Anthony Rendon, who has been sidelined by a chest cold the past few days, was put through a full infield workout this morning with Williams and Defensive Coordinator/Advance Coach Mark Weidemaier. Williams said Rendon is feeling better and “ideally” will be able to return to game action on Tuesday… The Nationals will play their final home game of the spring on Tuesday, welcoming the New York Mets to Space Coast Stadium for a 1:05 p.m. home finale. They will then visit Jupiter, to play the St. Louis Cardinals on Wednesday, and Port St. Lucie, to face the Mets once more on Thursday in their final game before heading north.

Daily Wrap: Strasburg named Opening Day starter, Detwiler talks bullpen, & more

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by Amanda Comak

VIERA, Fla. — The Washington Nationals fell to the Houston Astros, 2-0, on Wednesday night, despite a strong five-inning performance from Taylor Jordan and solid relief work from Ross Detwiler, Rafael Soriano and Tyler Clippard.

To the Daily Wrap…

News of the Day: Stephen Strasburg will be the Nationals’ Opening Day starter.

Stephen Strasburg was named the Nationals' Opening Day starter for the third straight year.

Stephen Strasburg was named the Nationals’ Opening Day starter for the third straight year.

Washington Nationals Manager Matt Williams announced Wednesday night that, for the third consecutive year, Stephen Strasburg will be the team’s Opening Day starter.

“He’s earned it,” Williams said after the team’s 2-0 loss to the Houston Astros. “He’ll toe that slab for us on Opening Day.”

This spring, Strasburg has allowed just one earned run in three starts while working on holding runners and incorporating a new pitch. He’ll make his fourth start of Spring Training on Thursday against the Detroit Tigers, and that start will line him up to be on turn for the Nationals’ March 31 opener at Citi Field against the New York Mets.

And while Strasburg was perhaps the expected choice, the uber-talented right-hander having done it the previous two years, Williams acknowledged that some of the other Nationals starters gave him pause before making the final decision. Jordan Zimmermann, a 19-game winner and an All-Star a season ago, was chief among them.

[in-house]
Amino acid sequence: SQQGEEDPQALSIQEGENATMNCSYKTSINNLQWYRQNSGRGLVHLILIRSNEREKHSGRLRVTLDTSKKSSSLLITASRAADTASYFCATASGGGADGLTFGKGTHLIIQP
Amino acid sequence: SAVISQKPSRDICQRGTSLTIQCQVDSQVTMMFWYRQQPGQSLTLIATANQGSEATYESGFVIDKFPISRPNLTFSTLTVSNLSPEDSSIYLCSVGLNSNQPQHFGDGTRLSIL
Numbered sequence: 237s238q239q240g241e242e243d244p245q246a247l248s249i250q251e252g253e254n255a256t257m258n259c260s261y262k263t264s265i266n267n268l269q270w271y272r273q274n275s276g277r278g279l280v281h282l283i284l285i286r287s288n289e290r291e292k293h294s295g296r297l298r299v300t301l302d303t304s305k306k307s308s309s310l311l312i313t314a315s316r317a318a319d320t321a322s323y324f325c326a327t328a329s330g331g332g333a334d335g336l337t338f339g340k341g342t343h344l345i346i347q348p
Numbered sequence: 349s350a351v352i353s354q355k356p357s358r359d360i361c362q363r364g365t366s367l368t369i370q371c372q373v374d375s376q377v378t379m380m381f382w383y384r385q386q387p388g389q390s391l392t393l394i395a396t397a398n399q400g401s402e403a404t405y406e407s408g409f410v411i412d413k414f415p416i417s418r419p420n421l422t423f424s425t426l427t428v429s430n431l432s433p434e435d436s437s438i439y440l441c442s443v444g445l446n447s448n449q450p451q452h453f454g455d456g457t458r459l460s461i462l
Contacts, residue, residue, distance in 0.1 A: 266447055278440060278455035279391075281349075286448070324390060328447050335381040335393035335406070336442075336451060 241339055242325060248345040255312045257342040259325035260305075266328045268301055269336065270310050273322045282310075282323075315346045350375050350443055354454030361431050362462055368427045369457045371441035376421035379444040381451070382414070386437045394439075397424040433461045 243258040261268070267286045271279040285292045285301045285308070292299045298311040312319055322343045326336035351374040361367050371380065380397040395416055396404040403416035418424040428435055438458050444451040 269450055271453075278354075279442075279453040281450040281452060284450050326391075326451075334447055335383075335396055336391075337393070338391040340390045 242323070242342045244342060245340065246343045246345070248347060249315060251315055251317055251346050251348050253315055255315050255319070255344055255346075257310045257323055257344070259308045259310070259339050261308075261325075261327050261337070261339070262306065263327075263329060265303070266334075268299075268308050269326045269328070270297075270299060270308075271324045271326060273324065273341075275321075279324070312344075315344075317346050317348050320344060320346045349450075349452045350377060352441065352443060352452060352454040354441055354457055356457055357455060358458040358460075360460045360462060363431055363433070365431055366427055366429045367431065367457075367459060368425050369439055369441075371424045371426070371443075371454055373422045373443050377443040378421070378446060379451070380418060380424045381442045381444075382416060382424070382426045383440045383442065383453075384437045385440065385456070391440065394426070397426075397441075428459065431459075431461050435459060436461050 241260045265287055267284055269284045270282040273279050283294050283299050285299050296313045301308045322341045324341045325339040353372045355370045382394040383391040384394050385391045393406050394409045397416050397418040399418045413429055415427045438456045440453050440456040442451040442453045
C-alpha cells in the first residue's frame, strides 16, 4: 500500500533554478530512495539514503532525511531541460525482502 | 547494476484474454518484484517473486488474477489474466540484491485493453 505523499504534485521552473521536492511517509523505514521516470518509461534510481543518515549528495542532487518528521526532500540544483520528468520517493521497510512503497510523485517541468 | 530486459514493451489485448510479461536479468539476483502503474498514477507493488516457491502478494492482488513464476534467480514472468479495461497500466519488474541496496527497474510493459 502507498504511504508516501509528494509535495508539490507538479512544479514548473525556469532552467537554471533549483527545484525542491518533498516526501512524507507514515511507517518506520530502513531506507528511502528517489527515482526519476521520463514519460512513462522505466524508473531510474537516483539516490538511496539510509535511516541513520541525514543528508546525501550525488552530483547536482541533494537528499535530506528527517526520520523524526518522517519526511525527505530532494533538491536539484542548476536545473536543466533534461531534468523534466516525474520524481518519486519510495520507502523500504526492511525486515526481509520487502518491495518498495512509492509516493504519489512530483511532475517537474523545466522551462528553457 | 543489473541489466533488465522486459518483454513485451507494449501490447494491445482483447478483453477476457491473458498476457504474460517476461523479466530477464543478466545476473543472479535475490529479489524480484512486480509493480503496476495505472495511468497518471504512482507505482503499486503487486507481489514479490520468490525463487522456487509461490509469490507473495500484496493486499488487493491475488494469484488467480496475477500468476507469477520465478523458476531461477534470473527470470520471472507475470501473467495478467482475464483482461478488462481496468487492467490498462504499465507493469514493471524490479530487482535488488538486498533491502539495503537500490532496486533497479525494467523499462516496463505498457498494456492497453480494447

“We have a number of guys who could fill that position,” Williams said of the Opening Day honor. “But we spoke to Jordan and he’s good with pitching wherever and whenever. Opening Day is important, but the rest of the games are important, too.”

Quote of the Day: Ross Detwiler on taking a team-first attitude on his move to the bullpen.

Detwiler pitched a scoreless inning in relief on Wednesday night, the first step in his transition into the Nationals’ bullpen. Earlier in the day, the left-hander discussed the team’s decision with reporters, taking a team-first attitude to the move.

“I still view myself as a starter,” Detwiler said. “But I’m not going to go out there and hope somebody does bad or somebody gets hurt. We’re in it to win. And I think it’s going to hurt worse if we don’t win the whole thing this year.”

Video highlights:

Taylor Jordan strikes out five in five innings.

Ross Detwiler fans Jason Castro in the sixth.

Danny Espinosa makes a diving stop and shows off his throwing arm.

Notables:

Williams said Wednesday that right-hander Doug Fister, who pitched in a Minor League game on Monday, will return to the Major League rotation on Saturday against the Miami Marlins… Williams also said he expects the top of the Nationals’ rotation to feature Gio Gonzalez behind Strasburg and Zimmermann behind Gonzalez.

Daily Wrap: Detwiler to bullpen, Fister throws in Minor League game, & more